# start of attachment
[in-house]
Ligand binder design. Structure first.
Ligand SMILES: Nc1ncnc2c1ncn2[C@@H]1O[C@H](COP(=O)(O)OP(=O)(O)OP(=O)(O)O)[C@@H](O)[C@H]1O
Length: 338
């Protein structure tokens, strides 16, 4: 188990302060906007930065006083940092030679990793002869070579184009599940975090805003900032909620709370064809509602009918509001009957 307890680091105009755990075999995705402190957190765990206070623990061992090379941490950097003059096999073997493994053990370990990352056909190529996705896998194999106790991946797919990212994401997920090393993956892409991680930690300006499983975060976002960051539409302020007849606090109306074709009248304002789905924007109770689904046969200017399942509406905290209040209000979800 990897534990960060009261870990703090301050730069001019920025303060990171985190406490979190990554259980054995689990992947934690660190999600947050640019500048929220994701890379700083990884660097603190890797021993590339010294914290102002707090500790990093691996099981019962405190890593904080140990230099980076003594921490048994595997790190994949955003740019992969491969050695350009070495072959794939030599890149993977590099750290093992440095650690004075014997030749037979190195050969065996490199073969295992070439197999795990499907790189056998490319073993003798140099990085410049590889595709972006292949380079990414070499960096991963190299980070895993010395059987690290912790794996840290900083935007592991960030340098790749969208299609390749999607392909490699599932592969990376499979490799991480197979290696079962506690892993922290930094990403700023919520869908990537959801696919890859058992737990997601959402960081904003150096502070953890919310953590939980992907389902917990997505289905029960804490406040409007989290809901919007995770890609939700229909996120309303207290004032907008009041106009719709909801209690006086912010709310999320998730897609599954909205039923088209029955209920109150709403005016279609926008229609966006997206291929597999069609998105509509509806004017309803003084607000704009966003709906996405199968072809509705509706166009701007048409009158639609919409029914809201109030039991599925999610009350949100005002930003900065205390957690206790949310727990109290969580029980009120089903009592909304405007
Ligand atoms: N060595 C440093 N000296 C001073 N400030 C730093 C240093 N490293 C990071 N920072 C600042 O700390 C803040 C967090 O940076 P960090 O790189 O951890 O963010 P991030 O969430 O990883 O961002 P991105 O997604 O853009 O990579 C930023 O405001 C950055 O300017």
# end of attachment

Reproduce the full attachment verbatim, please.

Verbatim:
[in-house]
Ligand binder design. Structure first.
Ligand SMILES: Nc1ncnc2c1ncn2[C@@H]1O[C@H](COP(=O)(O)OP(=O)(O)OP(=O)(O)O)[C@@H](O)[C@H]1O
Length: 338
């Protein structure tokens, strides 16, 4: 188990302060906007930065006083940092030679990793002869070579184009599940975090805003900032909620709370064809509602009918509001009957 307890680091105009755990075999995705402190957190765990206070623990061992090379941490950097003059096999073997493994053990370990990352056909190529996705896998194999106790991946797919990212994401997920090393993956892409991680930690300006499983975060976002960051539409302020007849606090109306074709009248304002789905924007109770689904046969200017399942509406905290209040209000979800 990897534990960060009261870990703090301050730069001019920025303060990171985190406490979190990554259980054995689990992947934690660190999600947050640019500048929220994701890379700083990884660097603190890797021993590339010294914290102002707090500790990093691996099981019962405190890593904080140990230099980076003594921490048994595997790190994949955003740019992969491969050695350009070495072959794939030599890149993977590099750290093992440095650690004075014997030749037979190195050969065996490199073969295992070439197999795990499907790189056998490319073993003798140099990085410049590889595709972006292949380079990414070499960096991963190299980070895993010395059987690290912790794996840290900083935007592991960030340098790749969208299609390749999607392909490699599932592969990376499979490799991480197979290696079962506690892993922290930094990403700023919520869908990537959801696919890859058992737990997601959402960081904003150096502070953890919310953590939980992907389902917990997505289905029960804490406040409007989290809901919007995770890609939700229909996120309303207290004032907008009041106009719709909801209690006086912010709310999320998730897609599954909205039923088209029955209920109150709403005016279609926008229609966006997206291929597999069609998105509509509806004017309803003084607000704009966003709906996405199968072809509705509706166009701007048409009158639609919409029914809201109030039991599925999610009350949100005002930003900065205390957690206790949310727990109290969580029980009120089903009592909304405007
Ligand atoms: N060595 C440093 N000296 C001073 N400030 C730093 C240093 N490293 C990071 N920072 C600042 O700390 C803040 C967090 O940076 P960090 O790189 O951890 O963010 P991030 O969430 O990883 O961002 P991105 O997604 O853009 O990579 C930023 O405001 C950055 O300017």